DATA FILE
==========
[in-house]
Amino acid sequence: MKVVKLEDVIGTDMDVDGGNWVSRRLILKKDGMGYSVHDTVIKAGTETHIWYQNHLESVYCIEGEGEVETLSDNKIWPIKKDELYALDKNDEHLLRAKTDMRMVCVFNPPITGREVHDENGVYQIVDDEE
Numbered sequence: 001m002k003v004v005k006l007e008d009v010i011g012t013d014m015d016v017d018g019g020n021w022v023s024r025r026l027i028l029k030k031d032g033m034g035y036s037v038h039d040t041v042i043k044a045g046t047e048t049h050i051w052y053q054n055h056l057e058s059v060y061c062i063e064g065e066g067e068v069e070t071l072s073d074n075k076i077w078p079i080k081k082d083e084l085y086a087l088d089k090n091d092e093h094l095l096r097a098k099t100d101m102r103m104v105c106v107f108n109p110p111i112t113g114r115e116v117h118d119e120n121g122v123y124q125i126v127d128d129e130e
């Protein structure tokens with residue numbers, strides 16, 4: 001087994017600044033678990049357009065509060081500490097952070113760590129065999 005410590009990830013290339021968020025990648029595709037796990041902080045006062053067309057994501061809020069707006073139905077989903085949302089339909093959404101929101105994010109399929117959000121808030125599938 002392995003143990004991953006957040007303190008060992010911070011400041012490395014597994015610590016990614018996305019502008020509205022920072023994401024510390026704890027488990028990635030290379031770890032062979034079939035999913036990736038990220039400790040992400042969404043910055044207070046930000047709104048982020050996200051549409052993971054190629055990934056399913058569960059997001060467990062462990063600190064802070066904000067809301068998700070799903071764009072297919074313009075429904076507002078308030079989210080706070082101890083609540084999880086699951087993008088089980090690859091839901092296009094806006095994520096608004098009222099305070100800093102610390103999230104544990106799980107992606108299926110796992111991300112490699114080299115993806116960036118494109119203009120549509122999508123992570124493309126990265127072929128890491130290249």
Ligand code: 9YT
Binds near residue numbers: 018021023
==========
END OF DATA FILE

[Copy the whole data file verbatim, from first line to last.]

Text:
[in-house]
Amino acid sequence: MKVVKLEDVIGTDMDVDGGNWVSRRLILKKDGMGYSVHDTVIKAGTETHIWYQNHLESVYCIEGEGEVETLSDNKIWPIKKDELYALDKNDEHLLRAKTDMRMVCVFNPPITGREVHDENGVYQIVDDEE
Numbered sequence: 001m002k003v004v005k006l007e008d009v010i011g012t013d014m015d016v017d018g019g020n021w022v023s024r025r026l027i028l029k030k031d032g033m034g035y036s037v038h039d040t041v042i043k044a045g046t047e048t049h050i051w052y053q054n055h056l057e058s059v060y061c062i063e064g065e066g067e068v069e070t071l072s073d074n075k076i077w078p079i080k081k082d083e084l085y086a087l088d089k090n091d092e093h094l095l096r097a098k099t100d101m102r103m104v105c106v107f108n109p110p111i112t113g114r115e116v117h118d119e120n121g122v123y124q125i126v127d128d129e130e
């Protein structure tokens with residue numbers, strides 16, 4: 001087994017600044033678990049357009065509060081500490097952070113760590129065999 005410590009990830013290339021968020025990648029595709037796990041902080045006062053067309057994501061809020069707006073139905077989903085949302089339909093959404101929101105994010109399929117959000121808030125599938 002392995003143990004991953006957040007303190008060992010911070011400041012490395014597994015610590016990614018996305019502008020509205022920072023994401024510390026704890027488990028990635030290379031770890032062979034079939035999913036990736038990220039400790040992400042969404043910055044207070046930000047709104048982020050996200051549409052993971054190629055990934056399913058569960059997001060467990062462990063600190064802070066904000067809301068998700070799903071764009072297919074313009075429904076507002078308030079989210080706070082101890083609540084999880086699951087993008088089980090690859091839901092296009094806006095994520096608004098009222099305070100800093102610390103999230104544990106799980107992606108299926110796992111991300112490699114080299115993806116960036118494109119203009120549509122999508123992570124493309126990265127072929128890491130290249």
Ligand code: 9YT
Binds near residue numbers: 018021023